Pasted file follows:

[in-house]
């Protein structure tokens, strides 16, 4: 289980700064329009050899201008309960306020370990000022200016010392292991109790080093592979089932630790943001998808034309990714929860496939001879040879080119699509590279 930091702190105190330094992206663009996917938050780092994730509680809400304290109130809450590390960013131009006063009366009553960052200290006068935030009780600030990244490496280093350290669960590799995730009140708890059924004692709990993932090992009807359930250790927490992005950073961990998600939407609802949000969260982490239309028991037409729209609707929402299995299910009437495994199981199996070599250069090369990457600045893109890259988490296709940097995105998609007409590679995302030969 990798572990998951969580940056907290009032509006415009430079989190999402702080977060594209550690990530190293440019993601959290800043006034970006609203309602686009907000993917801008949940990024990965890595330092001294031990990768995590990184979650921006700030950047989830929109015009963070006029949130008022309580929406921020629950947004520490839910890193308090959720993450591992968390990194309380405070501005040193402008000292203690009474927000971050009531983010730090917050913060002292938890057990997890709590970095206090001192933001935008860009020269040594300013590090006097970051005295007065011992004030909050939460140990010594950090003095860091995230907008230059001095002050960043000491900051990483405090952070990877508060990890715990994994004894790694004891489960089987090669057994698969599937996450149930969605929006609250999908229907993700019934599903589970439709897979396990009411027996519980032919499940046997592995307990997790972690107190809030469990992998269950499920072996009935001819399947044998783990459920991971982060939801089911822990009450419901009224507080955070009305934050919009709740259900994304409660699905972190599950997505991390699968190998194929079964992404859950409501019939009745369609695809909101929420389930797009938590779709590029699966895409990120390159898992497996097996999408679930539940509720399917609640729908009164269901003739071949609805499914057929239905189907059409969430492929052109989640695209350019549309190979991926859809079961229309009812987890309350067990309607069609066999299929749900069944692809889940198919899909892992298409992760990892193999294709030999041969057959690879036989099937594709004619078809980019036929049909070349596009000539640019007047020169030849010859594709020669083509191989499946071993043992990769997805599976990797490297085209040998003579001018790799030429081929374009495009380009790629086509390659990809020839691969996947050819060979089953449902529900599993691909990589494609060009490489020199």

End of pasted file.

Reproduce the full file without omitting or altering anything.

[in-house]
């Protein structure tokens, strides 16, 4: 289980700064329009050899201008309960306020370990000022200016010392292991109790080093592979089932630790943001998808034309990714929860496939001879040879080119699509590279 930091702190105190330094992206663009996917938050780092994730509680809400304290109130809450590390960013131009006063009366009553960052200290006068935030009780600030990244490496280093350290669960590799995730009140708890059924004692709990993932090992009807359930250790927490992005950073961990998600939407609802949000969260982490239309028991037409729209609707929402299995299910009437495994199981199996070599250069090369990457600045893109890259988490296709940097995105998609007409590679995302030969 990798572990998951969580940056907290009032509006415009430079989190999402702080977060594209550690990530190293440019993601959290800043006034970006609203309602686009907000993917801008949940990024990965890595330092001294031990990768995590990184979650921006700030950047989830929109015009963070006029949130008022309580929406921020629950947004520490839910890193308090959720993450591992968390990194309380405070501005040193402008000292203690009474927000971050009531983010730090917050913060002292938890057990997890709590970095206090001192933001935008860009020269040594300013590090006097970051005295007065011992004030909050939460140990010594950090003095860091995230907008230059001095002050960043000491900051990483405090952070990877508060990890715990994994004894790694004891489960089987090669057994698969599937996450149930969605929006609250999908229907993700019934599903589970439709897979396990009411027996519980032919499940046997592995307990997790972690107190809030469990992998269950499920072996009935001819399947044998783990459920991971982060939801089911822990009450419901009224507080955070009305934050919009709740259900994304409660699905972190599950997505991390699968190998194929079964992404859950409501019939009745369609695809909101929420389930797009938590779709590029699966895409990120390159898992497996097996999408679930539940509720399917609640729908009164269901003739071949609805499914057929239905189907059409969430492929052109989640695209350019549309190979991926859809079961229309009812987890309350067990309607069609066999299929749900069944692809889940198919899909892992298409992760990892193999294709030999041969057959690879036989099937594709004619078809980019036929049909070349596009000539640019007047020169030849010859594709020669083509191989499946071993043992990769997805599976990797490297085209040998003579001018790799030429081929374009495009380009790629086509390659990809020839691969996947050819060979089953449902529900599993691909990589494609060009490489020199």